Water levels on Lake Wylie that rose in the spring are falling again as rain slows to a trickle, stunting some crops and farmers' hopes of a more promising summer.
"It's really severe," said farmer Pete Wilson, a member of the family that owns Cotton Hills Farm in the Lowrys community of Chester County. "It's been two months since it's rained over half an inch."
The lake, which was at 2 feet below full pond in early April, was down more than 3 feet below full pond Friday, a side effect of May and June's 90- and 100-degree days, according to Duke Energy.
Rainfall for the year is about 9 inches below average for the region, and weather forecasts call for below-average rainfall for the rest of the summer.
Never miss a local story.
However, the region's Drought Management Advisory Group is not recommending a halt to outdoor watering. The group issued a statement this week that it continues to support lawn watering once a week in the Catawba region.
Julie Fox, owner of Wilson's Nursery in Rock Hill, said sales of landscaping items are slowing after a brisk spring, but they're about average for June. However, she said, customers are making more drought-conscious plant choices.
"People ask now, 'What can take the heat? What do I not have to water every day?'" Fox said. "We sold out of lantana -- this is probably the first time we've ever sold out of lantana -- which is more drought tolerant. It loves the heat."
Wilson said the cotton and corn on his family's 1,000-acre farm have been stunted by the lack of rain and could perish if they don't see rain soon.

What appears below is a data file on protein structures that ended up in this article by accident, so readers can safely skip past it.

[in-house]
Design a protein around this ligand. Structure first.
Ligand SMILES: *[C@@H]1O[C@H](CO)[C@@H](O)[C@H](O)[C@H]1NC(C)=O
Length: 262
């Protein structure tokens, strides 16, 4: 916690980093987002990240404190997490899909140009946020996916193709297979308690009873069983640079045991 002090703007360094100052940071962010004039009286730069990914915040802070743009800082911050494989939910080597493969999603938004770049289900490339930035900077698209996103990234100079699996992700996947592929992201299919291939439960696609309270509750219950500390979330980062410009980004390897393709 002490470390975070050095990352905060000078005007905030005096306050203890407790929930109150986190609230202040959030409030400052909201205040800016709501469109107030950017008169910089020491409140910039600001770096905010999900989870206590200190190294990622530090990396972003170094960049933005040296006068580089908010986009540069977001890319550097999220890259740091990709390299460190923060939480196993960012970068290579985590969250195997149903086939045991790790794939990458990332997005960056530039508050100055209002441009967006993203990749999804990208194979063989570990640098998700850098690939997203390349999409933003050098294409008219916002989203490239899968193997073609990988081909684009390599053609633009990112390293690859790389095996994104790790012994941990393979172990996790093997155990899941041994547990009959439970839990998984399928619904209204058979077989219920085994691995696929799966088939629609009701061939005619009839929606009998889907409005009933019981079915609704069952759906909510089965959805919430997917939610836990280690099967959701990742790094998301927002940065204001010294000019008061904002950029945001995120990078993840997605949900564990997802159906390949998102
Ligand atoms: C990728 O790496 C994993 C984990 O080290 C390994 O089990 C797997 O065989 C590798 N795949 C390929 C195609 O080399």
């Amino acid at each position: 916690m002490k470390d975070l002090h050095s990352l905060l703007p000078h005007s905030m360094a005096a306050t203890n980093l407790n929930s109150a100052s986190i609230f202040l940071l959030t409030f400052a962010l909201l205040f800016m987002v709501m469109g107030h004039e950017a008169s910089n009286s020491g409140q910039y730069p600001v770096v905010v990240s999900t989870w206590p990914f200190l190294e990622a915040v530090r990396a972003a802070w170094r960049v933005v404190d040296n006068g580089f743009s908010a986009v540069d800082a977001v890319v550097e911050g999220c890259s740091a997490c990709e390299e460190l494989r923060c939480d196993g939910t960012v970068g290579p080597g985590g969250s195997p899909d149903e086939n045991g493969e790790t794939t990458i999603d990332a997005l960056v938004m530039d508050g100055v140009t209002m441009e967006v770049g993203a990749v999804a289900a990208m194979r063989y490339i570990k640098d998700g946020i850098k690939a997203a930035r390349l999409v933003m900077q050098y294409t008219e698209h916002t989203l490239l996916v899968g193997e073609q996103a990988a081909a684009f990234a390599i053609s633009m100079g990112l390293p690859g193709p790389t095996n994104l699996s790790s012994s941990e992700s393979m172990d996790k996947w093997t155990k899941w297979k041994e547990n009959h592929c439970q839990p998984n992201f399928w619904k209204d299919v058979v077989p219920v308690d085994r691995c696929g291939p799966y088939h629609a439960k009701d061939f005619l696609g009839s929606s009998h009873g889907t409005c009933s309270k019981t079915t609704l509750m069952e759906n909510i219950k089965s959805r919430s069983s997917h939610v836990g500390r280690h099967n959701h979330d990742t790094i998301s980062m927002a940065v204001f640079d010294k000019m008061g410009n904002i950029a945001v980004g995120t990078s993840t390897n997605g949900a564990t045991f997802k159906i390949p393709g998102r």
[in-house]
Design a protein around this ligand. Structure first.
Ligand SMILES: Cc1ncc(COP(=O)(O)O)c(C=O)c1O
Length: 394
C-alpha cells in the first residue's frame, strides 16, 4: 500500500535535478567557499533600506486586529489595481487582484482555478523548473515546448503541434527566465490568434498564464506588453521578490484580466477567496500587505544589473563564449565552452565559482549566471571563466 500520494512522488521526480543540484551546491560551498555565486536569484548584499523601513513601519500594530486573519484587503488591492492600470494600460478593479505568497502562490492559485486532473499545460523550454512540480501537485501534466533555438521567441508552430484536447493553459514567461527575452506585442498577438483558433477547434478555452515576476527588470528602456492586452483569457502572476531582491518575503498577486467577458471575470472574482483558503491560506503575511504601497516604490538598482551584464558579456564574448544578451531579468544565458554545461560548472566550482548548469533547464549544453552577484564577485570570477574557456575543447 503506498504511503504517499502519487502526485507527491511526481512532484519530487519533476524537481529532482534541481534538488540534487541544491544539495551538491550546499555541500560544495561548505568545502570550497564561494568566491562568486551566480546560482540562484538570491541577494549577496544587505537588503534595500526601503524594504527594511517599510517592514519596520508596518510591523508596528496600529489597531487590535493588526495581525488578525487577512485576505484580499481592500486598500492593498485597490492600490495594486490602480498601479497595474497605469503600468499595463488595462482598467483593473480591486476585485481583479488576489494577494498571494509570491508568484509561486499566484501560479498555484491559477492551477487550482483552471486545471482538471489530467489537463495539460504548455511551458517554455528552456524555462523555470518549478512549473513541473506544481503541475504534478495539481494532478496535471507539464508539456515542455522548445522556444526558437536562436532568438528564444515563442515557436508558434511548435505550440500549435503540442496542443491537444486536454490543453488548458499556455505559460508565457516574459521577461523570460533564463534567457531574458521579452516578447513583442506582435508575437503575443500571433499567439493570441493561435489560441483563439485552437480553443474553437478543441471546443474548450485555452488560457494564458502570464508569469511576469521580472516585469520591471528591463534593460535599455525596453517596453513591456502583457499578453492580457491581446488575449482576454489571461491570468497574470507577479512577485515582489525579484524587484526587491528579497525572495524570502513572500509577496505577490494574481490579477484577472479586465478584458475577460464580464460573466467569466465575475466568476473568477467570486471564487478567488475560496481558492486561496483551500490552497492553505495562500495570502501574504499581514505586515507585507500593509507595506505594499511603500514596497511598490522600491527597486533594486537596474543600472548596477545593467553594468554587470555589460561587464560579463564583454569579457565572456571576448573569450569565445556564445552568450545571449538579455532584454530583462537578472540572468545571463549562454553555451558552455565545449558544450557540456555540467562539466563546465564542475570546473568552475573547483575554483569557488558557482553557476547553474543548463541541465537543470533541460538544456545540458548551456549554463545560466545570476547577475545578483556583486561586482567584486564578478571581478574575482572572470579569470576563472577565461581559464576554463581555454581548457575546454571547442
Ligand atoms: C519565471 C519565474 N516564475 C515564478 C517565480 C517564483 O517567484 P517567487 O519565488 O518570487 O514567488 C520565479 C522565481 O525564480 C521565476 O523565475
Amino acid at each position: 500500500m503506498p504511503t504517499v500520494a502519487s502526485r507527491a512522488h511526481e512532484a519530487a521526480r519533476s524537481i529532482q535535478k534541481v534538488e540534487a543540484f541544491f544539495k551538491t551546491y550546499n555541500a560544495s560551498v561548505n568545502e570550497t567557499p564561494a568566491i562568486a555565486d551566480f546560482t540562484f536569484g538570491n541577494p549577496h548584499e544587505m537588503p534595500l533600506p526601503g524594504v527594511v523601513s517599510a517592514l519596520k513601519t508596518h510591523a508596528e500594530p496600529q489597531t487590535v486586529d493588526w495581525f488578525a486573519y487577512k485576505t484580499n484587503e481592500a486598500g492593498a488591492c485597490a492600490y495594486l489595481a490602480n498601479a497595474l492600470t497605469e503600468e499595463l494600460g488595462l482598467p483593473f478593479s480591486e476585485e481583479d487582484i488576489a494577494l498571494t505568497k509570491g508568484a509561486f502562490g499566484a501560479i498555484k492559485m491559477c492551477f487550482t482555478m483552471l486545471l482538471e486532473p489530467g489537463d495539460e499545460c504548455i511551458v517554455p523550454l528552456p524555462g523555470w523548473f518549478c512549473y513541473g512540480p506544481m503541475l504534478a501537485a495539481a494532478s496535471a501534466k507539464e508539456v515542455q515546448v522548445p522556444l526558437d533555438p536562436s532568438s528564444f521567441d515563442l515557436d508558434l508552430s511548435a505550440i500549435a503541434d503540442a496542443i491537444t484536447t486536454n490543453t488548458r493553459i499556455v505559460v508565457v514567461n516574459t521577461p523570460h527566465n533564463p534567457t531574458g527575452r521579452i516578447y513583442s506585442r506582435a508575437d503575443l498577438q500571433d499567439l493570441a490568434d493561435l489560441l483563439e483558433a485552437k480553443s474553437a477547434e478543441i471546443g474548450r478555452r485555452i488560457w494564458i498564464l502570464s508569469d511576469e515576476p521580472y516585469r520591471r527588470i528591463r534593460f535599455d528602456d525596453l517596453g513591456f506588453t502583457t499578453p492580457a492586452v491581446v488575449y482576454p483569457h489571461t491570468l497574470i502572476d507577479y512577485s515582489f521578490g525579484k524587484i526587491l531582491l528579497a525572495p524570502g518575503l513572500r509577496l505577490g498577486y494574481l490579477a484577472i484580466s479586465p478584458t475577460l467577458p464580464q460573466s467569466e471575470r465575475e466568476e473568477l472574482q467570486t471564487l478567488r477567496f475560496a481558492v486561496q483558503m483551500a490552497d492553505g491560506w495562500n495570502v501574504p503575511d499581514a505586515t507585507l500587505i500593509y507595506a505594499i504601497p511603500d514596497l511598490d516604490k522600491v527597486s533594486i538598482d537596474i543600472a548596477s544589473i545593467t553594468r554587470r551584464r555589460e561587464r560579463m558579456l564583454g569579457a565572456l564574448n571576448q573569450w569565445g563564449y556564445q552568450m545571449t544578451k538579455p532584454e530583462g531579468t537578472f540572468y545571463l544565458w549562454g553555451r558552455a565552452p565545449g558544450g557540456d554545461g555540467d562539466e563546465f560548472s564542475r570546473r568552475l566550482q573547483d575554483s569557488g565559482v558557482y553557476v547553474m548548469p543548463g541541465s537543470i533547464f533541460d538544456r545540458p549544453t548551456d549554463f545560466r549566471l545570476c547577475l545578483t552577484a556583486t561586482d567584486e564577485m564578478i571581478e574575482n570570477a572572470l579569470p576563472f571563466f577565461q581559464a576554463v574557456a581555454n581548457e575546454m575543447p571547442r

"We have a lot of cotton," said Wilson, who owns and operates the farm with his father, Jeff Wilson, and his brother, Jeb. "Right now, it's really short and it's just really in need of rain.
"I would say if we don't get a significant amount of rain within the next couple of weeks, the cotton and corn is going to be a complete disaster," he said.
The farm grows other fruits and vegetables, including peaches and strawberries, and it has a roadside stand, the Market at Cotton Hill Farm. He said the peaches and vegetables are doing well because those crops have irrigation. The cotton and corn do not get irrigation, he said.
Wilson said this year's drought conditions seem to be worse than last summer, when the drought began, because the lack of rain has started earlier in the season.
"Things could turn around," Wilson said. "But at this point in time, if we don't start getting serious rain, it's going to be much more severe than it was last year."
Since June 2007, the region is about 18 inches below normal rainfall, said Andrew Kimball, a meteorologist with the National Weather Service. This weekend could bring some relief, as forecasters expect afternoon and evening thunderstorms.